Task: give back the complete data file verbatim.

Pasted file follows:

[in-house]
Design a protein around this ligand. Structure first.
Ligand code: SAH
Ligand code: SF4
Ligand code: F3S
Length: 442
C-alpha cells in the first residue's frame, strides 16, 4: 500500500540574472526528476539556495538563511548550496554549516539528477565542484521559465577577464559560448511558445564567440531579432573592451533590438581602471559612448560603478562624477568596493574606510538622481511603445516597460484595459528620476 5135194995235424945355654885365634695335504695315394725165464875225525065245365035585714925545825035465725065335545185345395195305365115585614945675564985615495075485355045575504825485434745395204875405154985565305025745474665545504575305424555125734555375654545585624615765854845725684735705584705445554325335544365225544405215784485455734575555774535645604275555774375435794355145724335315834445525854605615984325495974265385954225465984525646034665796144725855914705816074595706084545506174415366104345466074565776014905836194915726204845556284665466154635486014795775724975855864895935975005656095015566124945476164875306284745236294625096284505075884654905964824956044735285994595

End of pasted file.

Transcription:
[in-house]
Design a protein around this ligand. Structure first.
Ligand code: SAH
Ligand code: SF4
Ligand code: F3S
Length: 442
C-alpha cells in the first residue's frame, strides 16, 4: 500500500540574472526528476539556495538563511548550496554549516539528477565542484521559465577577464559560448511558445564567440531579432573592451533590438581602471559612448560603478562624477568596493574606510538622481511603445516597460484595459528620476 5135194995235424945355654885365634695335504695315394725165464875225525065245365035585714925545825035465725065335545185345395195305365115585614945675564985615495075485355045575504825485434745395204875405154985565305025745474665545504575305424555125734555375654545585624615765854845725684735705584705445554325335544365225544405215784485455734575555774535645604275555774375435794355145724335315834445525854605615984325495974265385954225465984525646034665796144725855914705816074595706084545506174415366104345466074565776014905836194915726204845556284665466154635486014795775724975855864895935975005656095015566124945476164875306284745236294625096284505075884654905964824956044735285994595